Molecular Gas in Early-type Galaxies
- Author(s): Alatalo, Katherine Anne;
- Advisor(s): Heiles, Carl;
- et al.
This thesis explores the relationship between molecular gas and early-type galaxies (ETGs). Specifically, I explore how molecular gas behaves and is configured in a complete sample of morphologically selected elliptical and lenticular galaxies. I also highlight a case study where molecular gas is being expelled and its host is rapidly transitioning from starforming to quiescent.
I first present the Combined Array for Research for Millimeter Astronomy (CARMA) ATLAS3D CO imaging survey of 30 nearby CO-rich ETGs which, when combined with archival data, creates a catalog of 40 ETGs with available CO imaging within the context of the ATLAS3D survey. I examine the distribution of the morphologies of the molecular gas within these systems, and correlate them with other properties of the host galaxy, such as color and environment membership.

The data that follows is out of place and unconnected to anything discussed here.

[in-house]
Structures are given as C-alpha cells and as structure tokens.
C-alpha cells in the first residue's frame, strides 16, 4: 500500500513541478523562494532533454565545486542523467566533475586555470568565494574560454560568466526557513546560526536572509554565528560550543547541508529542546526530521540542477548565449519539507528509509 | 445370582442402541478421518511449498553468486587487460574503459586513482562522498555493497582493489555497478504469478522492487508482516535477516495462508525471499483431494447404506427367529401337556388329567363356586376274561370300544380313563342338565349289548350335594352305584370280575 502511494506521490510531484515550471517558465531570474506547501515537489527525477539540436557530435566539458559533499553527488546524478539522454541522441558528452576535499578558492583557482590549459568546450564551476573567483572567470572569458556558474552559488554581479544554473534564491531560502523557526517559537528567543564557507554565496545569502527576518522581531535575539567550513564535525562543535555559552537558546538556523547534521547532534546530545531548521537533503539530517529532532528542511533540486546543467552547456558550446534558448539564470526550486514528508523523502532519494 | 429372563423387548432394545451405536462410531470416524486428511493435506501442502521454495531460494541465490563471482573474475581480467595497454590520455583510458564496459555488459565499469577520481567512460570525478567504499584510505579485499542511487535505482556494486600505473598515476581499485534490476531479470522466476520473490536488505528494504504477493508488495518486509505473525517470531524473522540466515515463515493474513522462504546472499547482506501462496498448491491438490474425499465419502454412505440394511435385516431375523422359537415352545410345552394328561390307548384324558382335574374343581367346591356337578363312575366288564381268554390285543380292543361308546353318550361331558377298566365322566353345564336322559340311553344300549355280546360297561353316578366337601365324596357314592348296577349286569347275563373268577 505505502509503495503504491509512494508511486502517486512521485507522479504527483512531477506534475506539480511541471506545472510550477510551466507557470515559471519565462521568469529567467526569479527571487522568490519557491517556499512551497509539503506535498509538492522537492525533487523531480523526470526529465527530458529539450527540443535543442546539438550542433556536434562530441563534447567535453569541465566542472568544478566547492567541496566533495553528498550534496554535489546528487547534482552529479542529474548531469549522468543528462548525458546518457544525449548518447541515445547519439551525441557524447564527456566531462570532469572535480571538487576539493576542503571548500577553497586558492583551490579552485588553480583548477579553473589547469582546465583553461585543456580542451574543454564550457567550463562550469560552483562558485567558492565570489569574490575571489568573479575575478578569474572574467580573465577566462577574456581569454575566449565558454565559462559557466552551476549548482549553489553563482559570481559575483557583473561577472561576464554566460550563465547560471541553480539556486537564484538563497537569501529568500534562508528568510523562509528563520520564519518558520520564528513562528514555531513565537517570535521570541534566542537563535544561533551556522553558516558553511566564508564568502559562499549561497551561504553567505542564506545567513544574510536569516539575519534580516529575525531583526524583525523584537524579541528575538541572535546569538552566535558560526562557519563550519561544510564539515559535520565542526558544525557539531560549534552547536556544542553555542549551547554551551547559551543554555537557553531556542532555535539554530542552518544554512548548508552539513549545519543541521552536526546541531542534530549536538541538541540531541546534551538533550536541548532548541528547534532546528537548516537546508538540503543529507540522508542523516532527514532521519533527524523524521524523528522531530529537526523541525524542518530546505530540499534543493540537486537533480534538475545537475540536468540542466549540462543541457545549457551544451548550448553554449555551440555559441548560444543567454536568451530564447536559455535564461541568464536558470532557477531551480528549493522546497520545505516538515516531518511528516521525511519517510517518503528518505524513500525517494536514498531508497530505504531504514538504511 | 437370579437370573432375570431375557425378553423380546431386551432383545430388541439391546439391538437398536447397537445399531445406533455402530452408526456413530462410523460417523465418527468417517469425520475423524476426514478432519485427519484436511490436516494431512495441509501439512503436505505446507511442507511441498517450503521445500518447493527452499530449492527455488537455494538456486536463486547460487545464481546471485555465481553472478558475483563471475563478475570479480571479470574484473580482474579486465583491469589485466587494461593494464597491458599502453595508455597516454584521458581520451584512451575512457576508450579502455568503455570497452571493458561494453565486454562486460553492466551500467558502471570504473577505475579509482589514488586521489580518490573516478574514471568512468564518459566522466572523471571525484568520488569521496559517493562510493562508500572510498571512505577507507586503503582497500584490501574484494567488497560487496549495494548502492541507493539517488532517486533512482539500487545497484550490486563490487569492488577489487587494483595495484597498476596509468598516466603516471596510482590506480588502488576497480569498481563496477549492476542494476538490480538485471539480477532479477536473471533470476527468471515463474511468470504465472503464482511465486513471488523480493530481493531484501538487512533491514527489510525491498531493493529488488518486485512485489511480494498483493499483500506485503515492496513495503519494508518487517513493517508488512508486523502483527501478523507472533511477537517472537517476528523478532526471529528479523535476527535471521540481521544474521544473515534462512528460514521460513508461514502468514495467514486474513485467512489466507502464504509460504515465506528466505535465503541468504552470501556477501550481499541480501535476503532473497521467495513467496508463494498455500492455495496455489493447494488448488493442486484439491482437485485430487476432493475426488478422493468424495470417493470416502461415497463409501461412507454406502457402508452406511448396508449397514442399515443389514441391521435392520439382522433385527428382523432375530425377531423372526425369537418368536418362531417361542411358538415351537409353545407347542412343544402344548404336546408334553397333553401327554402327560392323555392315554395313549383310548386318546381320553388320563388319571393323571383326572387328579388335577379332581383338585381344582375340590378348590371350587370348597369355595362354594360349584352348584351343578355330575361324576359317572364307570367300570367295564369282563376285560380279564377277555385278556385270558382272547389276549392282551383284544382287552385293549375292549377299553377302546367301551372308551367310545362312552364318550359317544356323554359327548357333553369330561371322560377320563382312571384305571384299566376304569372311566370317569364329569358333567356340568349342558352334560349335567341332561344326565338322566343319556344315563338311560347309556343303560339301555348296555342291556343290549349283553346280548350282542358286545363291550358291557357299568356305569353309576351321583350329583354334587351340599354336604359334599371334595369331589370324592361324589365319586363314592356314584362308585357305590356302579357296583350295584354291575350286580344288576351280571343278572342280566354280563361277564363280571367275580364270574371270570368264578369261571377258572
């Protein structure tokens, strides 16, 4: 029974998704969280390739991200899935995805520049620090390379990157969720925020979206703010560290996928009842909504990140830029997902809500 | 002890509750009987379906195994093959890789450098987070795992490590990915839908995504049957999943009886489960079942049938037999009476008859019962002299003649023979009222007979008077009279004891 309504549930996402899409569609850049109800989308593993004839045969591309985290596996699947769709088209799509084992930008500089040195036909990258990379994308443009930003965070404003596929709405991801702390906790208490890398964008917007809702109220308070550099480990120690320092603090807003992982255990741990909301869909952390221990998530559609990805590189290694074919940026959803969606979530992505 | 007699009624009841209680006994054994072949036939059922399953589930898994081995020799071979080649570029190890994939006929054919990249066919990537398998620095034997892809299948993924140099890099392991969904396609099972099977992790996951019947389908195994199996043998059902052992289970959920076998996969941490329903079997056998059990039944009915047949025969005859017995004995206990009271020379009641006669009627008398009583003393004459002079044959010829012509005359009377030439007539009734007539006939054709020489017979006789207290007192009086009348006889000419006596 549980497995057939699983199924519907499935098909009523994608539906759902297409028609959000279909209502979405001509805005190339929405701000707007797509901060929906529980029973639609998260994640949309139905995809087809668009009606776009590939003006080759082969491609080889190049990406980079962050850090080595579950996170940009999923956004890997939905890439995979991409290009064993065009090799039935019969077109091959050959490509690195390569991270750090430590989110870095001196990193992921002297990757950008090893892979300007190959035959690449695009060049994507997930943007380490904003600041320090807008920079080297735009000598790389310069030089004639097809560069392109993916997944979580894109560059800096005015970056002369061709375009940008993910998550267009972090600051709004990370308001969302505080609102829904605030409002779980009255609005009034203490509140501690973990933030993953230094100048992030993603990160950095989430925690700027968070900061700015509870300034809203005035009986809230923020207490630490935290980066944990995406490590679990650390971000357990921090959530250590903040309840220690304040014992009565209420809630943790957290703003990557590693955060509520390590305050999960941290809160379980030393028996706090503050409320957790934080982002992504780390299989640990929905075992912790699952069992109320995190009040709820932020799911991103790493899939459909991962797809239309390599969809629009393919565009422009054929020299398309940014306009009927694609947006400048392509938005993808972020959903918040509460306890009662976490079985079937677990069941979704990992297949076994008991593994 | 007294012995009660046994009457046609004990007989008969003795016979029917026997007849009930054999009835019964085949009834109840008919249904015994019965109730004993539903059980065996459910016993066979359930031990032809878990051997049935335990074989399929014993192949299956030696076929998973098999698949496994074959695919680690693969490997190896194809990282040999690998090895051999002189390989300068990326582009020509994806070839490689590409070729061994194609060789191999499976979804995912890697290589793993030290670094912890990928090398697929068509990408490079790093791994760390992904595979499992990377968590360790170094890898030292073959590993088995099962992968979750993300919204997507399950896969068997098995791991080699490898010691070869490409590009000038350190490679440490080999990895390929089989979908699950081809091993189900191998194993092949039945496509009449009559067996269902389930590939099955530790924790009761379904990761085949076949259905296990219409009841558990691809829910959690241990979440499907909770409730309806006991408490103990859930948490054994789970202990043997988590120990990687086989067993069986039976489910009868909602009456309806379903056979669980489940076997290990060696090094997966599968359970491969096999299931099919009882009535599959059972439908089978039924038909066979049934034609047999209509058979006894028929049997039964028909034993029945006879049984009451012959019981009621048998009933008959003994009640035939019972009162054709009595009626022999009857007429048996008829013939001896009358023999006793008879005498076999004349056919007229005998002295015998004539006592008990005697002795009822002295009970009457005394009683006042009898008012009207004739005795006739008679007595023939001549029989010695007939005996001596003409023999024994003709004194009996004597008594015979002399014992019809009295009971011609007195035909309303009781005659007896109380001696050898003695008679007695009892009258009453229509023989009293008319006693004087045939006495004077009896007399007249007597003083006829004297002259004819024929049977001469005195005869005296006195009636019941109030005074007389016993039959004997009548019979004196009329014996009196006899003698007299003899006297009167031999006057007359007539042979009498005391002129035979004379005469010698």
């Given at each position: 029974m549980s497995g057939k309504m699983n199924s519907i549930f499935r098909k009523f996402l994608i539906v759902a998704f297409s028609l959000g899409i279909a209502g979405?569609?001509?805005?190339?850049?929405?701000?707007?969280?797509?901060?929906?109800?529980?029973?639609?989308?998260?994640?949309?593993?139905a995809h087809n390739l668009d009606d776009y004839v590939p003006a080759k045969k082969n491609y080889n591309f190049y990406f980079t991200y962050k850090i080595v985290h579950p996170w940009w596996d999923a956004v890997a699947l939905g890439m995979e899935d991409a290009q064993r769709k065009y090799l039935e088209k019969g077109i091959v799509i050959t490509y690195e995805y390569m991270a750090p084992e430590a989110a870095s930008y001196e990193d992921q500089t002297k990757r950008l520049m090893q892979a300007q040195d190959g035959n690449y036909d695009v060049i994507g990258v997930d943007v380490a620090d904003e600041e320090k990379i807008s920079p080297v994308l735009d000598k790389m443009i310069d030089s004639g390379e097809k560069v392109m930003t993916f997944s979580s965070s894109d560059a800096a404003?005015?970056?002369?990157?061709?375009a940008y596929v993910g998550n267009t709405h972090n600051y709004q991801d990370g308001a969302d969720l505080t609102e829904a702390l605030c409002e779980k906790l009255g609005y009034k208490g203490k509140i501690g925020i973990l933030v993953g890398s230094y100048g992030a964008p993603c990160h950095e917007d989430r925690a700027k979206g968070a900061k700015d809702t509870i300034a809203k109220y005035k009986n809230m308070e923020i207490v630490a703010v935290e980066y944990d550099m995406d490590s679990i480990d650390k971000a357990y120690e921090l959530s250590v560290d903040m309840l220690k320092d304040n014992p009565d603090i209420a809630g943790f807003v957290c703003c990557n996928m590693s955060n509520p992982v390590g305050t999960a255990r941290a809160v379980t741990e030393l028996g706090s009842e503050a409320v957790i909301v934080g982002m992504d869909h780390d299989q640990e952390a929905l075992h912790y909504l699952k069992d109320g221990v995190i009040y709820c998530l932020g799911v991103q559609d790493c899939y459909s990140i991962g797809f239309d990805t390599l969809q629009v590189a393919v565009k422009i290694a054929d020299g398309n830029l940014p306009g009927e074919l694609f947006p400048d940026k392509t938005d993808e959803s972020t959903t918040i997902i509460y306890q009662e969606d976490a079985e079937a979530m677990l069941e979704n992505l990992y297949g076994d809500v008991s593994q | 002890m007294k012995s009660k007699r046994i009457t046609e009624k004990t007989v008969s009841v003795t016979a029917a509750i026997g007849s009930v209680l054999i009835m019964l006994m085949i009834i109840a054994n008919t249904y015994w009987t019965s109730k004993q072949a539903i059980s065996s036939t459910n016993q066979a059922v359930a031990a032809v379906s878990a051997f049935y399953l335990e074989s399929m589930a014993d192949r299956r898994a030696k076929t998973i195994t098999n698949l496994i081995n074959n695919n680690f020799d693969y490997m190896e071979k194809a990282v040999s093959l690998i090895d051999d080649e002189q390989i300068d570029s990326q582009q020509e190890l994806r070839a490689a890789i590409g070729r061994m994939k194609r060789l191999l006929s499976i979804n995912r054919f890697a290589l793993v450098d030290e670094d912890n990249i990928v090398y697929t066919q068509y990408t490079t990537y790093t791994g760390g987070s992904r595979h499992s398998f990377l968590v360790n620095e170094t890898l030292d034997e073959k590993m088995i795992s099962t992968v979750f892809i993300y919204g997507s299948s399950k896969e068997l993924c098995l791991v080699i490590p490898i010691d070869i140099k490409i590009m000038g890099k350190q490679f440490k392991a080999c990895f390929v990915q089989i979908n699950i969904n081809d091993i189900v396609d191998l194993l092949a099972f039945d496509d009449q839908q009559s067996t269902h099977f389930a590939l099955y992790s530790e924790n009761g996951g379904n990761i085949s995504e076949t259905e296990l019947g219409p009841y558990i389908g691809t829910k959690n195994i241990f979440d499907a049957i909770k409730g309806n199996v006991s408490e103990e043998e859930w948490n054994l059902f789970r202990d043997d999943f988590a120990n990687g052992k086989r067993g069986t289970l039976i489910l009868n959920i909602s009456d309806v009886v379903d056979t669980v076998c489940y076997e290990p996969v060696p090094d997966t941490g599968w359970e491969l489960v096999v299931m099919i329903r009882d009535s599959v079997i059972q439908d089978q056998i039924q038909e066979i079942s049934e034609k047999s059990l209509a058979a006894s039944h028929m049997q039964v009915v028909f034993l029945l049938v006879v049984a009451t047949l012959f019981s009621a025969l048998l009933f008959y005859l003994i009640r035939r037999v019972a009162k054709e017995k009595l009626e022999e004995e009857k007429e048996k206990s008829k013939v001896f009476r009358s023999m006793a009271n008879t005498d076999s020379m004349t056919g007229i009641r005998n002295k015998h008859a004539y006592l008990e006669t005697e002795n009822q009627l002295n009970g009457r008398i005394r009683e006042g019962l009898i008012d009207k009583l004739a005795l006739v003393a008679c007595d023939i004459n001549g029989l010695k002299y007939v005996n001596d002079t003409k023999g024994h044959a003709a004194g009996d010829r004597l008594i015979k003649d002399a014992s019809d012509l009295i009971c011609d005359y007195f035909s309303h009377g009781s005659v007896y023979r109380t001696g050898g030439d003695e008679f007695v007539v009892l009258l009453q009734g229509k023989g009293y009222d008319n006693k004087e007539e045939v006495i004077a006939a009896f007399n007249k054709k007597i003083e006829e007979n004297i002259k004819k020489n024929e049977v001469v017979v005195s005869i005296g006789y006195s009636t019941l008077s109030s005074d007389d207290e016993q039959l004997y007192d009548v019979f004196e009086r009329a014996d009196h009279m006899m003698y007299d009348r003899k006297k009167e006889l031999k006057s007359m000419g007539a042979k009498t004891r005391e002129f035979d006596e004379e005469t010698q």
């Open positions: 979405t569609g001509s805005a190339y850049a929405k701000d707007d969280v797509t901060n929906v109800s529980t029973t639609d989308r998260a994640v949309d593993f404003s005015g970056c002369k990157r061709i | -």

Following the molecular gas observations from both CARMA and the Submillimeter Array, I present molecular gas data for nearby field galaxy NGC 1266, which hosts a massive molecular outflow that is being driven by a central AGN. I present the properties and energetics associated with the system, and hypothesize about the driving mechanism. I compare the outflow in NGC 1266 to other known outflowing molecular systems and argue why NGC 1266 is unique.
From photometric observations from the Hubble Space Telescope as well as radio continuum observations from the Very Long Baseline Array, I present evidence that NGC 1266 is in a special phase of evolution, likely in a key part of the transition from being a blue starforming galaxy to a quiescent, red sequence galaxy. I argue that NGC 1266 should be considered a poststarburst galaxy, and explain why it is essential that searches for such transition objects find NGC 1266 analogs.